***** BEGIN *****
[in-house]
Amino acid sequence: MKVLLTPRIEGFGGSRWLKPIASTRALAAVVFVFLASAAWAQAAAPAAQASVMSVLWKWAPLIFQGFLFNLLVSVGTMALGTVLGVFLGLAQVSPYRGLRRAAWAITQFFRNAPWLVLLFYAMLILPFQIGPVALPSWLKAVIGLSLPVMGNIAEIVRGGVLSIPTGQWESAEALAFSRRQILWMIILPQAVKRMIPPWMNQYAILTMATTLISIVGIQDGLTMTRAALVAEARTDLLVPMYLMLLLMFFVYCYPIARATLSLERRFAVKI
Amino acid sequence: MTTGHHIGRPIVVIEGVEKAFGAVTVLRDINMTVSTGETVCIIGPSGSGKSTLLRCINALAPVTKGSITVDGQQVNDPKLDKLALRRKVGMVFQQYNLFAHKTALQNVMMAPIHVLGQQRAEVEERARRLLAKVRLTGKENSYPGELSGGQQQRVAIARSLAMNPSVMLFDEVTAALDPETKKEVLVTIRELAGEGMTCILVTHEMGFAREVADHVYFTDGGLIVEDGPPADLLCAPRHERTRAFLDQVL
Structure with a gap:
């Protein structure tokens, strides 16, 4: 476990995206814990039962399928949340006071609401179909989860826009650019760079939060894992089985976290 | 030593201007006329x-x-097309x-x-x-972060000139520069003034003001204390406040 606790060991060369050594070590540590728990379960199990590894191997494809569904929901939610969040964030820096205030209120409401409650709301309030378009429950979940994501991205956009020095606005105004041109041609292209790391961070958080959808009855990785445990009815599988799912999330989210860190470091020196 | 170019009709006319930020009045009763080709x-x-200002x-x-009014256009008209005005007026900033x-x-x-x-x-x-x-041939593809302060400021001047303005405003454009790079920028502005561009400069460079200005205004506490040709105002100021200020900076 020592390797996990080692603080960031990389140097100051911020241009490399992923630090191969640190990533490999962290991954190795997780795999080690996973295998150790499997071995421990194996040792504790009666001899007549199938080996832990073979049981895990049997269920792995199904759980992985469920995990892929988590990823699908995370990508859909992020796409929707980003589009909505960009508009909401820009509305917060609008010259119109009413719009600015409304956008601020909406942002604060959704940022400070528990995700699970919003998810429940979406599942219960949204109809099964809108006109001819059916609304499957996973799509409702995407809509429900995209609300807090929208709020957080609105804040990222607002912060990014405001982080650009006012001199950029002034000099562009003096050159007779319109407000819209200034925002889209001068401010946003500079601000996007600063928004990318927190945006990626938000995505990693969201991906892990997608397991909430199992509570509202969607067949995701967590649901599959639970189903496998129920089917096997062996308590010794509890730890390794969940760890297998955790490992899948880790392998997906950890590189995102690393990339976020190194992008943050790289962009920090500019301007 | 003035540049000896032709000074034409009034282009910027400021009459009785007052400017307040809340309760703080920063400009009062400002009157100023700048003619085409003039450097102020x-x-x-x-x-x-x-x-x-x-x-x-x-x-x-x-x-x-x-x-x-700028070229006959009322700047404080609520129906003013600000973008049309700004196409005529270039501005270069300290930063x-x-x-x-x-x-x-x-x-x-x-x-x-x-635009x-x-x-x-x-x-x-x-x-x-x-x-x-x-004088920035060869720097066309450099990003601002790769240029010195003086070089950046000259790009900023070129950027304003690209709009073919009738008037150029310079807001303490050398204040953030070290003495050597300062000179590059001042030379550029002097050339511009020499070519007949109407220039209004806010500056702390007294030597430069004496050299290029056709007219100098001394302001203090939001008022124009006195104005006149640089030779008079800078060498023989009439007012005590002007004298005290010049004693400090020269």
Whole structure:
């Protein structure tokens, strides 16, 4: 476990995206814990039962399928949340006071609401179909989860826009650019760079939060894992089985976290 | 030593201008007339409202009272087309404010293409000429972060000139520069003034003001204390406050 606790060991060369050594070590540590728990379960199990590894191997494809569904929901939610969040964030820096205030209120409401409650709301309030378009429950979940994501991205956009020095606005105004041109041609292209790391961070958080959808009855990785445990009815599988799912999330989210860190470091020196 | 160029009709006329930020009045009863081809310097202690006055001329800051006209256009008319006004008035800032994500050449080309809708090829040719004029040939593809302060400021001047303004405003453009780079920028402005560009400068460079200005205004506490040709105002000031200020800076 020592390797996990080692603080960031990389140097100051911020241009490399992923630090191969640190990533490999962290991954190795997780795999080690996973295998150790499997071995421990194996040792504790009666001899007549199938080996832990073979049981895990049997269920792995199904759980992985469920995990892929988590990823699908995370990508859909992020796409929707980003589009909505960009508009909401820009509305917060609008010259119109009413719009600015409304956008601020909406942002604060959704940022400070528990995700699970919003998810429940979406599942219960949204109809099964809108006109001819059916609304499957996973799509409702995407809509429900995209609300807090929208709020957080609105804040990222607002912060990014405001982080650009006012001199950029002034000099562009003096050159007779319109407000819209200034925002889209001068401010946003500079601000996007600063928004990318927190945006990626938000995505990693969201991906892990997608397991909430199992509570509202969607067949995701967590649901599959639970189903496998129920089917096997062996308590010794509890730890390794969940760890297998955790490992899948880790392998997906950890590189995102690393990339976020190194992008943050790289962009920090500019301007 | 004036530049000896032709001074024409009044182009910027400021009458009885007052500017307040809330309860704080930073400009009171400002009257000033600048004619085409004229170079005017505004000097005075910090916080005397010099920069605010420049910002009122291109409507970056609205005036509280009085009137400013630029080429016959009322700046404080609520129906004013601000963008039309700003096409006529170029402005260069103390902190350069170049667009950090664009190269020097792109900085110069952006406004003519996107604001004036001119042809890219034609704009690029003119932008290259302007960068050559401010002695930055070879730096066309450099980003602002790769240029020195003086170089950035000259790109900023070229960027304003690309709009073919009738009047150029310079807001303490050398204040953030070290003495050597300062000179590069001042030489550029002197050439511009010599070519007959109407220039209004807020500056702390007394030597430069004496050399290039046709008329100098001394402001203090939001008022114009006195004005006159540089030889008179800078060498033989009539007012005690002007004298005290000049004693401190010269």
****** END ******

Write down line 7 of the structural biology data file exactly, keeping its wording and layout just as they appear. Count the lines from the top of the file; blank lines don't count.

């Protein structure tokens, strides 16, 4: 476990995206814990039962399928949340006071609401179909989860826009650019760079939060894992089985976290 | 030593201008007339409202009272087309404010293409000429972060000139520069003034003001204390406050 606790060991060369050594070590540590728990379960199990590894191997494809569904929901939610969040964030820096205030209120409401409650709301309030378009429950979940994501991205956009020095606005105004041109041609292209790391961070958080959808009855990785445990009815599988799912999330989210860190470091020196 | 160029009709006329930020009045009863081809310097202690006055001329800051006209256009008319006004008035800032994500050449080309809708090829040719004029040939593809302060400021001047303004405003453009780079920028402005560009400068460079200005205004506490040709105002000031200020800076 020592390797996990080692603080960031990389140097100051911020241009490399992923630090191969640190990533490999962290991954190795997780795999080690996973295998150790499997071995421990194996040792504790009666001899007549199938080996832990073979049981895990049997269920792995199904759980992985469920995990892929988590990823699908995370990508859909992020796409929707980003589009909505960009508009909401820009509305917060609008010259119109009413719009600015409304956008601020909406942002604060959704940022400070528990995700699970919003998810429940979406599942219960949204109809099964809108006109001819059916609304499957996973799509409702995407809509429900995209609300807090929208709020957080609105804040990222607002912060990014405001982080650009006012001199950029002034000099562009003096050159007779319109407000819209200034925002889209001068401010946003500079601000996007600063928004990318927190945006990626938000995505990693969201991906892990997608397991909430199992509570509202969607067949995701967590649901599959639970189903496998129920089917096997062996308590010794509890730890390794969940760890297998955790490992899948880790392998997906950890590189995102690393990339976020190194992008943050790289962009920090500019301007 | 004036530049000896032709001074024409009044182009910027400021009458009885007052500017307040809330309860704080930073400009009171400002009257000033600048004619085409004229170079005017505004000097005075910090916080005397010099920069605010420049910002009122291109409507970056609205005036509280009085009137400013630029080429016959009322700046404080609520129906004013601000963008039309700003096409006529170029402005260069103390902190350069170049667009950090664009190269020097792109900085110069952006406004003519996107604001004036001119042809890219034609704009690029003119932008290259302007960068050559401010002695930055070879730096066309450099980003602002790769240029020195003086170089950035000259790109900023070229960027304003690309709009073919009738009047150029310079807001303490050398204040953030070290003495050597300062000179590069001042030489550029002197050439511009010599070519007959109407220039209004807020500056702390007394030597430069004496050399290039046709008329100098001394402001203090939001008022114009006195004005006159540089030889008179800078060498033989009539007012005690002007004298005290000049004693401190010269």